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What Sunday’s Bolsonaro-Lula Runoff Means for Brazil

A supporter of Jair Bolsonaro, Brazil's president, waves a Brazilian flag at a rally earlier in July. 

A supporter of Jair Bolsonaro, Brazil's president, waves a Brazilian flag at a rally earlier in July. 

Photographer: Maira Erlich/Bloomberg
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Brazil’s runoff presidential election on Sunday pits two larger-than-life figures representing opposite ends of the political spectrum: the incumbent, Jair Bolsonaro, and Luiz Inacio Lula da Silva, who ruled the country from 2003 to 2010. Lula outperformed Bolsonaro during the first round of voting, 48% to 43%, but fell short of the outright victory that some had predicted. The outcome of the runoff will have profound implications for Latin America’s biggest and most populous nation.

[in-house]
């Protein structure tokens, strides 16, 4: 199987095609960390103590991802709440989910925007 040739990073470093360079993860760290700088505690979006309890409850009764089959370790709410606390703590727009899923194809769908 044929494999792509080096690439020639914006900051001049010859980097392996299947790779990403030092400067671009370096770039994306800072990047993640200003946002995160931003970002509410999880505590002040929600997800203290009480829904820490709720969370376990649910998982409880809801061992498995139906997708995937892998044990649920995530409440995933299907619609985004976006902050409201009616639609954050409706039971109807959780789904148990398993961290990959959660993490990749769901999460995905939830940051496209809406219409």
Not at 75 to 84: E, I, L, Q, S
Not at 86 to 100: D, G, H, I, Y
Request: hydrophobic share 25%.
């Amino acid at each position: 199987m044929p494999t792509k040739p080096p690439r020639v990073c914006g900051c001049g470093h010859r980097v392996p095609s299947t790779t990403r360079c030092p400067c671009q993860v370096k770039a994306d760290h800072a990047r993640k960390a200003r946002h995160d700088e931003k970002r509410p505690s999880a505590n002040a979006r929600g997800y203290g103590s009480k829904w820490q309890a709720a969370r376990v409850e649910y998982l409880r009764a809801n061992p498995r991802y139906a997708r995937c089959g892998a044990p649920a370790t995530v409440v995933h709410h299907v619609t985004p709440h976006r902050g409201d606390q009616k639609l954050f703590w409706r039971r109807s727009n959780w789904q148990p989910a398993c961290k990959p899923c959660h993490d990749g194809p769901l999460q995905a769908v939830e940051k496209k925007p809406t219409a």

Lula, a leftist and former labor union leader, is revered by those who credit him with implementing social policies that lifted millions out of poverty during his two terms in office, and reviled by others who see him as a symbol of corruption. He was found guilty of money laundering and corruption in 2017 and sentenced to almost 10 years in prison, preventing him from running in the elections that brought Bolsonaro to power four years ago and tarnishing his image with millions of Brazilians. A 77-year-old cancer survivor, he was released in 2019 after a change in appeal laws, and the nation’s top court annulled his conviction on procedural grounds in 2021, clearing the way for him to stage a political comeback. Bolsonaro, 67, is a former army captain who was stabbed while on the campaign trail in 2018 and has been hospitalized several times as a result of that attack. His supporters consider him a guardian of traditional family values and an anti-corruption crusader, important campaign topics in a generally conservative nation. The president’s opponents have labeled him a far-right authoritarian and accuse him of advancing sexism, racism and homophobia.